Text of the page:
Every human being once in a lifetime thought of being immortal. Many religions and myths stories talk about immortality or resurrection. These stories are hinged on the idea of Cryonics which in Greek means cold. It is a preservation process of a human corpse or head freezing it at a low temperature which usually ranges -196 ̊C or -320.8 ̊F or77.1 K. Cryonics is the hope of resurrection in the future.
This concept came to life by two persons, Linda and Fred Chamberlain. They are the founder of Alcor Life Extension Foundation, Scottsdale, Arizona founded in 1972. The couple met at a cryonics conference in early 1970. The idea of saving lives and a second chance at life attracted them to establish such an organization.
The process of Cryonics starts when a human is officially dead. The medical team comes and cools down the body with ice and water keeping the body’s tissues oxygenated using CPR and an oxygen mask. After this process, the body is sealed in a container and is send to the cryonic facility. In the designated facility the body is put into a machine similar to a heart-lung bypass machine where they circulate the blood maintaining oxygenation. Next is the process of vitrification where they pump antifreeze solution in the body to minimize the damage of the body’s tissues from forming ice crystals. The final step is to slowly cool down the body temperature to -320 ̊F in a liquid nitrogen vapour chamber. Once the body is cold they are transferred to Thermos like tank filled with nitrogen till the day medical technology is hopefully able to revive them.
This process is an expensive process that costs approximately $28,000 to $2,00,000. The process of Cryonics has changed from where it has started. Now cooling the body is not the priority but saving the brain from ice crystals is. So now the process of “vitrification” has become very essential. People cryonicist full body or the brain. Life insurance becomes an important thing to store cryonic bodies for an indefinite time. Bodies are re-filled with liquid nitrogen after a week and the temperature is monitored through computers.
This thermos tank which is known as “dewar” can hold four full bodies around outside and five “neuro patients” down the center. These bodies are placed carefully into the liquid nitrogen. Full-body patients are preserved head down to ensure that the vital part of the body-the head will remain cold, even if liquid nitrogen boils off.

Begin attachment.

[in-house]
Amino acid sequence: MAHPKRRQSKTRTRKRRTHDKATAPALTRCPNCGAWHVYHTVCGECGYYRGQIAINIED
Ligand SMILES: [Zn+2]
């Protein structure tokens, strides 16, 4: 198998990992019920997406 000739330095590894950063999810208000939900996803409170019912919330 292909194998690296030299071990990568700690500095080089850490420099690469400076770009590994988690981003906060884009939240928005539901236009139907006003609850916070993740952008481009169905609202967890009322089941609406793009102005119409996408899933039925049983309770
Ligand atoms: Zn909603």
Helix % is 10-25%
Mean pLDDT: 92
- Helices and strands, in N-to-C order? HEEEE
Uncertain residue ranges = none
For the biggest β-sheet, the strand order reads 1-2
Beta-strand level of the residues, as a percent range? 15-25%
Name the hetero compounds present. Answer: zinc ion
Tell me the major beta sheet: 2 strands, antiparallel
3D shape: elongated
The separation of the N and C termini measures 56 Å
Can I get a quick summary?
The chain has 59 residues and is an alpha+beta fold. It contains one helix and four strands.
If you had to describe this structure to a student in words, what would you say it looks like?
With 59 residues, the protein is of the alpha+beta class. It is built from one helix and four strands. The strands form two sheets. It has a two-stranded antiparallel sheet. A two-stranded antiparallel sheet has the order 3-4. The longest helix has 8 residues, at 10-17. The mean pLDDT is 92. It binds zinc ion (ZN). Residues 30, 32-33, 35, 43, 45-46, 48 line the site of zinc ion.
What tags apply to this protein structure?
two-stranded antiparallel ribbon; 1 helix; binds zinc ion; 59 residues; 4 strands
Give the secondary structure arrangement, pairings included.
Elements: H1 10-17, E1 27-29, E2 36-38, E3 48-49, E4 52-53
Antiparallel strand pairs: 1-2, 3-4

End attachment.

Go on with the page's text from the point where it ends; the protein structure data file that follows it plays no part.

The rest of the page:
James Bedford, a former University of California-Berkeley psychology professor who dies of renal cancer on June 12, 1967, was the first human body cryonically-preserved. After Alcor was found his body was shifted to its facilities and has been there since 1991. 300 bodies and brains have been preserved in the world’s three cryonic facilities: “Alcor”, “the Cryonics Institute in Clinton Township, Michigan” and KrioRus. 3000 people still living have joined them upon what cryonicists call “deamination” or death.
What are the drawbacks and could go wrong in this process ?
According to scientists, “There is absolutely no current way, no proven scientific way, to freeze a whole human down to that temperature without destroying which means obliterating the tissue.” When scientists attempt to freeze a sample of living human tissue such as a piece of a liver, during this process the cell membrane of the liver tissue is completely destroyed. So if we see the process of cryonic then there’s no proof that we are actually preserving anything, that’s because science is just not there yet.
Experiments show that some animals can survive being frozen and then thawed, like Canadian wood frogs because this organism has evolved in such a way that they can handle extreme temperature but the human body is not capable of it. Human tissues cannot survive such extreme temperatures.
If we think about reviving the cryonic bodies, then first we require to repair the damages caused by lack of oxygen, cryoprotectant toxicity, thermal stress, freezing in tissues that do not successfully vitrify, any organ failure, and most important reversing the cause of death to live a second life like a youth. Tissue regeneration is very important.
If we keep aside every argument whether it is a solution for a long life span and had a chance of resurrection with advanced technologies in the future, will it be worth it? Living without things that made life worth living for and in a strange world alone.
Visuals by: Anupal Deuri Bharali
Article by Sroweta Kar, The North-Eastern Chronicle